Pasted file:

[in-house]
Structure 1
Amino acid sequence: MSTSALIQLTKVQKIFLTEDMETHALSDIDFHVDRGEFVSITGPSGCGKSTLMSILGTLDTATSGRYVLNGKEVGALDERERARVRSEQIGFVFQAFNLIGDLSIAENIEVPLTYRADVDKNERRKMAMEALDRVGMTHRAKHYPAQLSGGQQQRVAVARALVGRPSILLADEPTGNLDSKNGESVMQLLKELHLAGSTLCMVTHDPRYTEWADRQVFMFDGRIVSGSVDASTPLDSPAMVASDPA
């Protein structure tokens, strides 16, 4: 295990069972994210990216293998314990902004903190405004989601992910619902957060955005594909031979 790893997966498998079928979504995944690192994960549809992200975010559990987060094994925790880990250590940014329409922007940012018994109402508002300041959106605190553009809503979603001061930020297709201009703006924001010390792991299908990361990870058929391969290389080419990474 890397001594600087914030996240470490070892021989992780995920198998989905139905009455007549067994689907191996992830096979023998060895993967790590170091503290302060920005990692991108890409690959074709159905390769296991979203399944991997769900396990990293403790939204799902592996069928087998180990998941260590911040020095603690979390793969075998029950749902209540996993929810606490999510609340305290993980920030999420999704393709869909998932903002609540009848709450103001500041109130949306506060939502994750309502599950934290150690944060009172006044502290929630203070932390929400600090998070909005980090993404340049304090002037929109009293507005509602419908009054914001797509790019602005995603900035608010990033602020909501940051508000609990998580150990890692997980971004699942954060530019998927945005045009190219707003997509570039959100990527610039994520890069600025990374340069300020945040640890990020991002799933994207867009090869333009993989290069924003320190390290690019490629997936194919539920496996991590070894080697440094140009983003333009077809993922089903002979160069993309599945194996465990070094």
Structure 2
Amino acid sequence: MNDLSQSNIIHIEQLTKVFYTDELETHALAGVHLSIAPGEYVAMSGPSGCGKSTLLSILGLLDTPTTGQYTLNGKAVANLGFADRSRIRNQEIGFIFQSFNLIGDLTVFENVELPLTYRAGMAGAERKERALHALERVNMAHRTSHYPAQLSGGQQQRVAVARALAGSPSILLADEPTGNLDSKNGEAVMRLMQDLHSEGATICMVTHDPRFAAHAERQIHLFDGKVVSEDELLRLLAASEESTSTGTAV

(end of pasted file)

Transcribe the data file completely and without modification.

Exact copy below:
[in-house]
Structure 1
Amino acid sequence: MSTSALIQLTKVQKIFLTEDMETHALSDIDFHVDRGEFVSITGPSGCGKSTLMSILGTLDTATSGRYVLNGKEVGALDERERARVRSEQIGFVFQAFNLIGDLSIAENIEVPLTYRADVDKNERRKMAMEALDRVGMTHRAKHYPAQLSGGQQQRVAVARALVGRPSILLADEPTGNLDSKNGESVMQLLKELHLAGSTLCMVTHDPRYTEWADRQVFMFDGRIVSGSVDASTPLDSPAMVASDPA
């Protein structure tokens, strides 16, 4: 295990069972994210990216293998314990902004903190405004989601992910619902957060955005594909031979 790893997966498998079928979504995944690192994960549809992200975010559990987060094994925790880990250590940014329409922007940012018994109402508002300041959106605190553009809503979603001061930020297709201009703006924001010390792991299908990361990870058929391969290389080419990474 890397001594600087914030996240470490070892021989992780995920198998989905139905009455007549067994689907191996992830096979023998060895993967790590170091503290302060920005990692991108890409690959074709159905390769296991979203399944991997769900396990990293403790939204799902592996069928087998180990998941260590911040020095603690979390793969075998029950749902209540996993929810606490999510609340305290993980920030999420999704393709869909998932903002609540009848709450103001500041109130949306506060939502994750309502599950934290150690944060009172006044502290929630203070932390929400600090998070909005980090993404340049304090002037929109009293507005509602419908009054914001797509790019602005995603900035608010990033602020909501940051508000609990998580150990890692997980971004699942954060530019998927945005045009190219707003997509570039959100990527610039994520890069600025990374340069300020945040640890990020991002799933994207867009090869333009993989290069924003320190390290690019490629997936194919539920496996991590070894080697440094140009983003333009077809993922089903002979160069993309599945194996465990070094």
Structure 2
Amino acid sequence: MNDLSQSNIIHIEQLTKVFYTDELETHALAGVHLSIAPGEYVAMSGPSGCGKSTLLSILGLLDTPTTGQYTLNGKAVANLGFADRSRIRNQEIGFIFQSFNLIGDLTVFENVELPLTYRAGMAGAERKERALHALERVNMAHRTSHYPAQLSGGQQQRVAVARALAGSPSILLADEPTGNLDSKNGEAVMRLMQDLHSEGATICMVTHDPRFAAHAERQIHLFDGKVVSEDELLRLLAASEESTSTGTAV